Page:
Dear Parents of High School Seniors,
This is such a bittersweet year, full of so many “lasts” with your almost full-grown child.
So many feelings come in this last year of your teen being home. You want to make sure they know all the things before they go. And there’s the stress and strain of preparing them for their departure, which may include college applications or securing other future plans.
It can be challenging to guide and encourage them through the exhaustive process of making those difficult decisions about their future and every detail that involves. There can be a lot of anxiety and stress, but also a lot of push-and-pull as your kid gets ready to fly the nest.
Senior year is a lot for both your teen and the parents
The year will be filled with many significant events where again and again you will find yourself reduced to an emotional mess standing in a puddle of tears. Whether it’s those senior pics where your child looks so grown up or scanning baby pics for their final yearbook, both will leave you wondering how the time went so fast.
Or it’s watching them shine on their “Senior Night” for whatever extracurricular activity they love, where they are highlighted and celebrated for all their accomplishments and future plans. And then there’s the last homecoming dance and prom and so many other senior year occasions during graduation season that will fill you up with joy and pride and sadness.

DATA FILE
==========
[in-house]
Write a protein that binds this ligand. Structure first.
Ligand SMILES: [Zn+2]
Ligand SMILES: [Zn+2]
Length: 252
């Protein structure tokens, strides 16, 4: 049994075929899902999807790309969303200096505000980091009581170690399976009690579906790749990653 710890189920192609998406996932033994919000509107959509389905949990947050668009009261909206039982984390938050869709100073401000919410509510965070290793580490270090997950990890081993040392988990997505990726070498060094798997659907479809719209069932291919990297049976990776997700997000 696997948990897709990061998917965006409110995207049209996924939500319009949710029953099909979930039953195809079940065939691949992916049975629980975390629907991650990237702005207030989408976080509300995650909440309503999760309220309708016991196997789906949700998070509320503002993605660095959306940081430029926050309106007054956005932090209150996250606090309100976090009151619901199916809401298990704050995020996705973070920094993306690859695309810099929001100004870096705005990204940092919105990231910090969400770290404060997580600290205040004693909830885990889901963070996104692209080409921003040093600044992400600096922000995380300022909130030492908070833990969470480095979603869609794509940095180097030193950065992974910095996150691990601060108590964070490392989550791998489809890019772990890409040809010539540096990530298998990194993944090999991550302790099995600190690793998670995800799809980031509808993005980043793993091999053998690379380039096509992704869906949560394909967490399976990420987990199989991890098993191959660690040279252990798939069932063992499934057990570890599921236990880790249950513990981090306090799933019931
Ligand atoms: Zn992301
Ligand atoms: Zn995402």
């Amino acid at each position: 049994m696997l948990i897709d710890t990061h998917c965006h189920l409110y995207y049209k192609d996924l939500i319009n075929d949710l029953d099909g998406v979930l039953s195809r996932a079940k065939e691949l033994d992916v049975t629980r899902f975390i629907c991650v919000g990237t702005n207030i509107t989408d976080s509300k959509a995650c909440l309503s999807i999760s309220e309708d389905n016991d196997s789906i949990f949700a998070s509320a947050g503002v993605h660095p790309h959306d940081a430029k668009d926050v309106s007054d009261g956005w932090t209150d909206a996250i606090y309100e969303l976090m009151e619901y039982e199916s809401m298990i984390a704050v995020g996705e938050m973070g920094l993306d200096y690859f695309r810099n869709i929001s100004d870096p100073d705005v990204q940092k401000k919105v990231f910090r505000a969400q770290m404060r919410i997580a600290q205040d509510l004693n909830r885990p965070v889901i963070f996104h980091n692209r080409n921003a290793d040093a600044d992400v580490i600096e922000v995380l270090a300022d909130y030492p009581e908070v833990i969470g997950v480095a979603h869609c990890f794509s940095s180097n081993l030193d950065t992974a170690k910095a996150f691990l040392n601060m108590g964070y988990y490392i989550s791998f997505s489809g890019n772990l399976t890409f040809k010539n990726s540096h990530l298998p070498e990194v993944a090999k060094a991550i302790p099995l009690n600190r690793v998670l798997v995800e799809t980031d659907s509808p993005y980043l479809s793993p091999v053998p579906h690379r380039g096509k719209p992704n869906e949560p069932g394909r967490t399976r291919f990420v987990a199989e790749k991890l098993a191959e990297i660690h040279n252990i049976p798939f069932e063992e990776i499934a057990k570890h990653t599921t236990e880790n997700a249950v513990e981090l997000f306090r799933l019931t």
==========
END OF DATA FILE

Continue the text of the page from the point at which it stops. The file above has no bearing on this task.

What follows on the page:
It’s even getting them through bouts of “senioritis” because they are so ready to get to the next stage of their life.
But somehow, in the middle of all of this, you also have to guide them through the daunting undertaking of exploring all their future options, helping them understand there is never only one right choice or only one path that brings success.
Helping them figure out what is best for them can be an ordeal, full of hard talks and even harder decisions. This is then followed by the aching angst of anticipation that fills the air while waiting to hear back from colleges or jobs, internships, or armed forces, hoping above all hope that the right path comes.
Senior year is about beginnings and ends
All the events will only serve to constantly remind you of their impending departure.